iOS 9, Android M Place New Focus On Security, Privacy

Google and Apple have publicly challenged calls from law enforcement agencies to weaken encryption on consumer devices. In turn, iOS 9 and Android M will sport a string of new security and privacy features for users.

Pablo Valerio, International Business & IT Consultant

June 24, 2015

2 Min Read
<p align="left">(Image: Stephen Krow/iStockphoto)</p>

If they give backdoors to the FBI or GCHQ, can they continue to sell iPhones and Nexus devices in Germany and China?

During a recent event at the Electronic Privacy Information Center, Apple's CEO Tim Cook was adamant about encryption.

[Take a look at Google I/O.]

"We believe that people have a fundamental right to privacy. The American people demand it, the Constitution demands it, morality demands it," Cook said. "So let me be crystal clear -- weakening encryption, or taking it away, harms good people that are using it for the right reasons. And ultimately I believe it has a chilling effect on our First Amendment rights and undermines our country's founding principles."

Another Apple executive explained the company's policy about collecting data: "We don't mine your email, your photos, or your contacts in the cloud to learn things about you," said Craig Federighi, Apple's senior vice president of software engineering, at this year's Worldwide Developers Conference in San Francisco. "We honestly just don't want to know."

Google And Apple Still Capture Information

However, Google and Apple are not offering any restriction on their ability to collect information.

As the original writers of the code, they have the possibility to access all functions of the operating systems without limits, and they make full use of that. Apple is famous for turning on Bluetooth on iOS devices every time it sends a software upgrade in order to enable marketers to detect shoppers and send them instant offers.

I believe this is the price we have to pay to use a smartphone.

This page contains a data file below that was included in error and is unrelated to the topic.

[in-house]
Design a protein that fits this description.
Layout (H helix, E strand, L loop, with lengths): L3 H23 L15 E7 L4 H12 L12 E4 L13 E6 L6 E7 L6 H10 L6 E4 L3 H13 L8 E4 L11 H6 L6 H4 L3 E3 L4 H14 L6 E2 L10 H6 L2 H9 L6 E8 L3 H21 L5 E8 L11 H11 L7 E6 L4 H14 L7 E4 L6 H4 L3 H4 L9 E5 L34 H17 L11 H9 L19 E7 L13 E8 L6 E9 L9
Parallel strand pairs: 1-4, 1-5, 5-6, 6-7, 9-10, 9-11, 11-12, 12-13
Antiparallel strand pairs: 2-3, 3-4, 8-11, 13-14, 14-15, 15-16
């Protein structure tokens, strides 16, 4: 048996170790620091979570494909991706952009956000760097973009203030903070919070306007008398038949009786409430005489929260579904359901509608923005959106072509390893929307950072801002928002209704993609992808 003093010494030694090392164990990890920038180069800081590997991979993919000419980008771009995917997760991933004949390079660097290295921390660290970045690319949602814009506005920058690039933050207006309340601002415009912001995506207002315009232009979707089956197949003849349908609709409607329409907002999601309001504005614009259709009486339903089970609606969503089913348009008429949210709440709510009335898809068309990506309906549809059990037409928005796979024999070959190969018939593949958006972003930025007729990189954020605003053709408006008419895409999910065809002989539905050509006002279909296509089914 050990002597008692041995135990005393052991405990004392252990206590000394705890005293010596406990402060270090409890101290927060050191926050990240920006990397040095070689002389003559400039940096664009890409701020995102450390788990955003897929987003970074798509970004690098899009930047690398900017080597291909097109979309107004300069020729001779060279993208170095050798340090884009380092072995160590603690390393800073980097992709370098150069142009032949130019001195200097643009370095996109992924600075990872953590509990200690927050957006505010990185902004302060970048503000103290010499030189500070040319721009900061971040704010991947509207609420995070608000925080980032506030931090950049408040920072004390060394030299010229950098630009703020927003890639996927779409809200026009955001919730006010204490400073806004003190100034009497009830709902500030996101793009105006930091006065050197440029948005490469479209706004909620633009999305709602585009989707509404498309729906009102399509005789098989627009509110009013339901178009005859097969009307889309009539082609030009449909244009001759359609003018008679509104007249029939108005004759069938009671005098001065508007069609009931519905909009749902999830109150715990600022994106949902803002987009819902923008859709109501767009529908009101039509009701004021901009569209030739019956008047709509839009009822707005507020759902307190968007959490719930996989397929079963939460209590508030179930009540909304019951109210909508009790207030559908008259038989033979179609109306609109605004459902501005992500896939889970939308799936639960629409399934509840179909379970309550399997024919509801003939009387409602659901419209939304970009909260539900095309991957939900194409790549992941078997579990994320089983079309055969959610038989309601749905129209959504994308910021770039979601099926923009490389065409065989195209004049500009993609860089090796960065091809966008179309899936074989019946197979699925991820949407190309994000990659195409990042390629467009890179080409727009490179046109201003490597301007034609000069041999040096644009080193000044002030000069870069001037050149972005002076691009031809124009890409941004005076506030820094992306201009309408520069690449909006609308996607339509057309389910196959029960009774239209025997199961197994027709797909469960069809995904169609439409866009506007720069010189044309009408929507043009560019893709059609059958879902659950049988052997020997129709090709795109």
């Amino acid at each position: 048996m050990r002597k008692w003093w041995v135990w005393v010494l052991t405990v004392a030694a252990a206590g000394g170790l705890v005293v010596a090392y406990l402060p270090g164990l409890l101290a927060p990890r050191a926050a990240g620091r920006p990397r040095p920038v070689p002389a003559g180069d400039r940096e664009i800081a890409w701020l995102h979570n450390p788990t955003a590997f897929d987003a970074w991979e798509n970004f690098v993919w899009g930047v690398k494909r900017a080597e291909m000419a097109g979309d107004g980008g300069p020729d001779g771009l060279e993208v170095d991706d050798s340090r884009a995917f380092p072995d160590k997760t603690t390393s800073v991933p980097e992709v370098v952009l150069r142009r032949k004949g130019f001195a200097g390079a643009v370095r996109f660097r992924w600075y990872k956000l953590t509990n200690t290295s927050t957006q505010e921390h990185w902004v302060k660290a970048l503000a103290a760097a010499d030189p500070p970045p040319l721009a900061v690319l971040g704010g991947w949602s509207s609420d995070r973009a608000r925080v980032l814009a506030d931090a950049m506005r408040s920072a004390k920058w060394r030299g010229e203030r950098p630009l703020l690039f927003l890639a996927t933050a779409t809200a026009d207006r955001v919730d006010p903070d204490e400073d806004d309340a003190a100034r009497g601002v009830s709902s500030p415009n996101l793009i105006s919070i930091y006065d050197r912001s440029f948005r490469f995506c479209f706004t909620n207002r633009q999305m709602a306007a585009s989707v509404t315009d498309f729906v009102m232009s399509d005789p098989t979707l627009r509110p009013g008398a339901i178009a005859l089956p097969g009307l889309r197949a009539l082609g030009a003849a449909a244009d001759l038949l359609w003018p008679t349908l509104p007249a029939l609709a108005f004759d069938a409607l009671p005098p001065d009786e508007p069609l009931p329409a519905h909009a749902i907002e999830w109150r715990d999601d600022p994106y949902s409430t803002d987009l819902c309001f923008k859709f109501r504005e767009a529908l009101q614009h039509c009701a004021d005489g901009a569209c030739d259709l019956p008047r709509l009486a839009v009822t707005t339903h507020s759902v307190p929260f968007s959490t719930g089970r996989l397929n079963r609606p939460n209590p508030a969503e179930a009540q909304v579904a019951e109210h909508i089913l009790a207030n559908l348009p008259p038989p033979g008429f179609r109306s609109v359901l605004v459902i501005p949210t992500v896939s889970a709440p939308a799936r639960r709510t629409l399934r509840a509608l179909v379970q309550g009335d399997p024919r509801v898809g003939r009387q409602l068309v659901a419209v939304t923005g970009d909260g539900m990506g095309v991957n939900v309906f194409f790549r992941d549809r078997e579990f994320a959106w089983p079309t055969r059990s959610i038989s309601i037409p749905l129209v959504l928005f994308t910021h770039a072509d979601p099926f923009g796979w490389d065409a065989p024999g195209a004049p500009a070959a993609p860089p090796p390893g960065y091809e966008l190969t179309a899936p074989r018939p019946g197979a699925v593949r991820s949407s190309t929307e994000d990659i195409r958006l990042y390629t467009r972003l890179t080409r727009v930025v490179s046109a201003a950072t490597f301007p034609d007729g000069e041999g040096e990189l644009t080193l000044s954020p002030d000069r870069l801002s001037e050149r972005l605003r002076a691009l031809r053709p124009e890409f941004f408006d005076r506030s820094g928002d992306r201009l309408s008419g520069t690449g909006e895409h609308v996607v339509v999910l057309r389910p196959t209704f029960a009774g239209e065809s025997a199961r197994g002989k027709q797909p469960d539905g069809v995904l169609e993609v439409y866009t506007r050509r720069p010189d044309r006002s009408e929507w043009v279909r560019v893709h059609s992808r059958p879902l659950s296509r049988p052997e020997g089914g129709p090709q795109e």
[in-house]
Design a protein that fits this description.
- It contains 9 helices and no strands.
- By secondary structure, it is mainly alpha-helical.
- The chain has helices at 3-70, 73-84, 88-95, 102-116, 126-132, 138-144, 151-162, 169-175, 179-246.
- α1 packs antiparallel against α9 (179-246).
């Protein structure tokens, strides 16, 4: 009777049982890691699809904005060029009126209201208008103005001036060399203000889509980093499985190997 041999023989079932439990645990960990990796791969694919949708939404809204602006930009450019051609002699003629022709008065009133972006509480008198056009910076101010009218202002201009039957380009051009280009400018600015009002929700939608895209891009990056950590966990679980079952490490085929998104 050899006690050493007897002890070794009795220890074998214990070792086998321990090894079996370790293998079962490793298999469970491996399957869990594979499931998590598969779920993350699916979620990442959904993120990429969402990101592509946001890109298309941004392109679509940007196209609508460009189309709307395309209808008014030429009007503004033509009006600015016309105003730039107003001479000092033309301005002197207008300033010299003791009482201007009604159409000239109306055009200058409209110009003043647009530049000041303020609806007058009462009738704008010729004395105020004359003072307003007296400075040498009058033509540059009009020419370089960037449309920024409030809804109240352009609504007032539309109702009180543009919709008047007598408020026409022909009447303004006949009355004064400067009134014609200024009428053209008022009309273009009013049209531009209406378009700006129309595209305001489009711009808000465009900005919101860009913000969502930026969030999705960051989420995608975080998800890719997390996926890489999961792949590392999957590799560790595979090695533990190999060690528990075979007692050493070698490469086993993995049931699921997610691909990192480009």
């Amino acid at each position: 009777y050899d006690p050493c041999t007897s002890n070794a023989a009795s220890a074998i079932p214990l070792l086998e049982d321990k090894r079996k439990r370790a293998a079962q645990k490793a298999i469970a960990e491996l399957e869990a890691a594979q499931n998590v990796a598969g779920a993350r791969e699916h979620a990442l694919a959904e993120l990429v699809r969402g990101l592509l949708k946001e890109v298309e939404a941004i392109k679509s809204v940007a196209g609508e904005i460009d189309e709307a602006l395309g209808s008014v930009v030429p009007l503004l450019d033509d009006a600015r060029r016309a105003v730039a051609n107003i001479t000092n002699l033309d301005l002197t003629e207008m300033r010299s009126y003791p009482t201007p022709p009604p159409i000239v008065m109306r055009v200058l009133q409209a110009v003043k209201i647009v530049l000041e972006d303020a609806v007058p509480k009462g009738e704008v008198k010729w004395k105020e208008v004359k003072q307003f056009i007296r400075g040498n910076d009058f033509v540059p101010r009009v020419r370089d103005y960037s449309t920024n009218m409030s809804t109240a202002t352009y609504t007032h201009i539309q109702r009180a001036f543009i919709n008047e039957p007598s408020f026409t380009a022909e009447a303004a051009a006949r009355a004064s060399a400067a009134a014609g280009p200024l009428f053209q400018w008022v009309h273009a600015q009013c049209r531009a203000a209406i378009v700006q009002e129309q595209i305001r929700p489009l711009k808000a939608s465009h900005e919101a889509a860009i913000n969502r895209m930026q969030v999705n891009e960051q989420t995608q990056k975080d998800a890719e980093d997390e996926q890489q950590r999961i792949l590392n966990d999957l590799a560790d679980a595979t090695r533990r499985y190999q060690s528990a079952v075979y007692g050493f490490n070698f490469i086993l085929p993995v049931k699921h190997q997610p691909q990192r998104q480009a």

As Dan Geer, chief information security officer for In-Q-Tel, writes for the Christian Science Monitor Passcode security website: "If your personal 'expectation of privacy' is based on the impossibility of observability or even the impossibility of identifiability, then your logic [...] is temporary and weak," Geer wrote, adding, "There is no mechanistic difference whatsoever between personalization and targeting save for the intent of the analyst. To believe otherwise is to believe in the Tooth Fairy. To not care is to abandon your duty."

About the Author(s)

Pablo Valerio

International Business & IT Consultant

Pablo Valerio has been in the IT industry for 25+ years, mostly working for American companies in Europe. Over the years he has developed channels, established operations, and served as European general manager for several companies. While primarily based in Spain, he has also lived in Germany, The Netherlands and Denmark. His knowledge of the European IT business and his interest in EU technology initiatives spurred his move to technology writing. For the past four years, he has been a regular contributor to several publications in the IT ecosystem, focusing on privacy, security, mobile technology and smart cities. His work has appeared in InformationWeek, EETimes, Enterprise Efficiency, UBM Future CitiesDell's Tech Page One, and SAP Business Innovation, among others.

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